Finally, a photo of Mena Silas, the man who wrote 'Taj Mahal – A Foxtrot'

In December 2020, just over nine years after I first wrote about my attempt to dig out information about Mena Silas, the Bombay musician who had composed Taj Mahal: A Foxtrot in 1936, I received an email message from Jean Samuel in England.

"I have just come across something you wrote about my grandfather Mena Silas," she wrote. "I am the daughter  of one of Mena's two children you mention in your article. I'd love to make contact and find out anything else you know about him.  Utterly fascinating. I recently gave a box of my grandfather's  sheet music to my daughter!"

Taj Mahal: A Foxtrot, composed by Mena Silas

Scanning the archives of Bombay newspapers had already given me a sense of Silas's musical life in the city, as a composer of musicals such as Isle of Dreams in 1932 for the Bombay Amateur Dramatic Society, and as a frequent performer on the radio.

In a subsequent message, Jean Samuel told me a little about Silas's personal life:

"My grandfather died 50 years ago," she wrote. "He was already 44 when he married my grandmother in 1929. He had a daughter, Marjorie,  from his first marriage.  I was close to her. She was shipped off to be brought up by her aunts, my grandfather's sisters who lived in Guernsey. I believe she was sent to boarding school at four. She lived most of her adult life in Paris with her husband. She died of cancer  in 1995 and had no children.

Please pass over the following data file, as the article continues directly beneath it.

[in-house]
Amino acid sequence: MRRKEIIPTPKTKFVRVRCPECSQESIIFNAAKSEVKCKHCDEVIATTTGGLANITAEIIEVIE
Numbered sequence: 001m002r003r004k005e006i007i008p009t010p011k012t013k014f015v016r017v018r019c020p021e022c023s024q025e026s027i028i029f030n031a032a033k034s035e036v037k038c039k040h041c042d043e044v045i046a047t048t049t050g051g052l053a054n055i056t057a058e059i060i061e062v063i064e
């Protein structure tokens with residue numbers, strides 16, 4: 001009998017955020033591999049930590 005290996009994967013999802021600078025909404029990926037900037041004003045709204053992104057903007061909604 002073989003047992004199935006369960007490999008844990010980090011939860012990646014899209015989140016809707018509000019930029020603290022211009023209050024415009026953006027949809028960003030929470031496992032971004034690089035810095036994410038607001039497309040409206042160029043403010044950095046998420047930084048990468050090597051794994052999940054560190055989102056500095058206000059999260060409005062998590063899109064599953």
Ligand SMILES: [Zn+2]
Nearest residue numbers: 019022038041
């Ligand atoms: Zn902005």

"My mother,  Elizabeth, left Bombay after the war with my grandmother.  Mena stayed there. They later divorced. My brother and I were born in South Africa. I have a picture of Mena with us in 1955 on a visit to the UK. He must have come to England between 1948 and then. He lived in England for the rest of his life.

"I have memories of him playing the piano for hours every Sunday when we returned to the UK when I was 11 in 1961. He was an amazing performer. He played the classics by ear. Chopin and Listz were favourites. And of course his own compositions.  He continued to write all his life and was always hoping for success and fame but alas it didn't come.  

Mena Silas with his daughter Elizabeth. Courtesy Jean Samuel

"I knew a bit about him from my Mum who I believe worked with him entertaining the troops  in Bombay during the war . She used to sing, though she was very young.

"Mena was was always obsessed with his music and cared for little else.  Although I saw him a lot in my teens, he never talked about anything but his music. He truly lived for it!"

In addition to Taj Mahal: A Foxtrot, I have been able to track down only one other tune composed by Silas that has actually been recorded. It's was issued during World War II and is called Don't Be a Talkie.

It's a reminder in those times when everyone was fearful that "loose lips sink ships" and cause other unimaginable disasters.

Don't Be a Talkie, composed by Mena Silas.

Post script

A few hours after I posted this piece, the wonderful Anuradha Kumar dived into the archives to pull up two pieces of information.

She found the record of his second marriage, in 1929. It also gives us his birth date.

There's also this snippet that appeared in the San Francisco Examiner on January 5, 1922, reporting that he and his wife had arrived in the US aboard a ship named the Korea Maru.

By all accounts, he was quite the life of the party.

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